From Robert Reich Blog
Most wanted terrorists.
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Call me old-fashioned, but when the president of the United States encourages armed insurgents to breach the Capitol and threaten the physical safety of Congress, in order to remain in power, I call it an attempted coup.
Last week' rampage left five dead, including a Capitol Hill police officer who was injured when he tangled with the pro-Trump mob. We're fortunate the carnage wasn't greater.
That the attempted coup failed shouldn't blind us to its significance or the stain it has left on America. Nor to the importance of holding those responsible fully accountable.
Trump's culpability is beyond dispute. "There's no question the president formed the mob, the president incited the mob, the president addressed the mob. He lit the flame," said Rep. Elizabeth Cheney, the third-highest ranking Republican in the House.
He should be impeached, convicted, and removed from office -- immediately.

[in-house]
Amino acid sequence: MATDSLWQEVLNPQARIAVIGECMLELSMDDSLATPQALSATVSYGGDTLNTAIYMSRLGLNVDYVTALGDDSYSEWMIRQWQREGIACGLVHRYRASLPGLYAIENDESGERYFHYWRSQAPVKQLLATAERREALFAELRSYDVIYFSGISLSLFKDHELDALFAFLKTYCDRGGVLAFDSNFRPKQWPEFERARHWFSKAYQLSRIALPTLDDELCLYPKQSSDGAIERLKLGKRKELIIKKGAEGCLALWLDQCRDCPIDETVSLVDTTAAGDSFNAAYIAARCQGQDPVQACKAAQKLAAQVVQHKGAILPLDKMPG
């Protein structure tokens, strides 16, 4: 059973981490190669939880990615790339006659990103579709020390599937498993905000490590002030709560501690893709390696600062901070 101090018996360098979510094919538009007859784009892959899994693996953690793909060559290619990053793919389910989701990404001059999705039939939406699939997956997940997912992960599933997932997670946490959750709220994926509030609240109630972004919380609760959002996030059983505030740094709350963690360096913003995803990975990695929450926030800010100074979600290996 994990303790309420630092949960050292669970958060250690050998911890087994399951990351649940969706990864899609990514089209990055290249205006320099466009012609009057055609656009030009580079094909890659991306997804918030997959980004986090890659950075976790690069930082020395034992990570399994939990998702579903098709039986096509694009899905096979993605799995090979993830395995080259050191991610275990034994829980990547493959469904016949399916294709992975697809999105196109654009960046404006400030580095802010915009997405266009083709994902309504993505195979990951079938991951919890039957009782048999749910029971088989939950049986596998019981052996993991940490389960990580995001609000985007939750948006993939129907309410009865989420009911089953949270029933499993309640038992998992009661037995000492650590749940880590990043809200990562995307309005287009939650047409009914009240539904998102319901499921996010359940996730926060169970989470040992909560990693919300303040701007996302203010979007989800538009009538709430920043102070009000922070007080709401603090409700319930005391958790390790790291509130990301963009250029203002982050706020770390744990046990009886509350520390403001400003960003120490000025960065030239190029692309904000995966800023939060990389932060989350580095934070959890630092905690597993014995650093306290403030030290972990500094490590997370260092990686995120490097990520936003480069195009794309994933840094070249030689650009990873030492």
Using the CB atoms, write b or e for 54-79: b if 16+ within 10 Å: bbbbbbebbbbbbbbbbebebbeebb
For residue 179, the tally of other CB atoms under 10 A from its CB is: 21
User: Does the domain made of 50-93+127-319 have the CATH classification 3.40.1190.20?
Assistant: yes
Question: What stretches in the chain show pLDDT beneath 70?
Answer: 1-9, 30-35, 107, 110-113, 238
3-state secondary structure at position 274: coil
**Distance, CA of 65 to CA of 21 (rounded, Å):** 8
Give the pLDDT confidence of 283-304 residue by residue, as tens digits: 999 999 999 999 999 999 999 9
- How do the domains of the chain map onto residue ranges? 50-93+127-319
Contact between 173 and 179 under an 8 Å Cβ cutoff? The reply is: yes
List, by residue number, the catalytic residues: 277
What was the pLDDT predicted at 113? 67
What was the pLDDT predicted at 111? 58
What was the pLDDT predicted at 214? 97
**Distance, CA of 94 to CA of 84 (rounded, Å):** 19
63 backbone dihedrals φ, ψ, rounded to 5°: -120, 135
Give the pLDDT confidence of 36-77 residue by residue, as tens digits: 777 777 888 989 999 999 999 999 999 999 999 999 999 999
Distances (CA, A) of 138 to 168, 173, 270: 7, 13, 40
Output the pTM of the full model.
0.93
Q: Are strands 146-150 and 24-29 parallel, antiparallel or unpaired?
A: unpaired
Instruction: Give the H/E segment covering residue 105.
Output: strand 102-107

To let the clock run out on his presidency and allow Trump to seek the presidency again would signal that attempted coups are part of the American system. If Senate Republicans can install a new Supreme Court justice in eight days, Trump can be removed from office within 10.
He should then be arrested and tried for inciting violence and sedition (along with Trump Jr. and Rudy "trial-by-combat" Giuliani).
Those who attacked the Capitol should also be prosecuted. They have no First Amendment right to try to overthrow the U.S. government.
Trump's accomplices on Capitol Hill, most notably Texas Senator Ted Cruz and Missouri Senator Josh Hawley, should be forced to resign. Knowing Trump's allegations of voting fraud were false, Cruz and Hawley nonetheless led an attempt to exclude Biden electors, even after the storming of the Capitol.
The United States Constitution says that "no Person shall be a Senator or Representative in Congress" who "shall have engaged in insurrection or rebellion against" the Constitution, "or given aid or comfort to the enemies thereof."
Both Cruz and Hawley are eyeing runs for the presidency in 2024. They should be barred from running.
Other abettors are now trying to distance themselves, but their conversions come too late.
Senator Lindsey Graham now says Trump must "understand that his actions were the problem, not the solution," and criticizes the White House for making "accusations that cannot be proven."
Graham had been one of Trump's key attack dogs, even bullying state election officials to change voting tallies. If Graham is not forced to resign, he should at least be censured and stripped of his ranking membership on the Senate Judiciary Committee.
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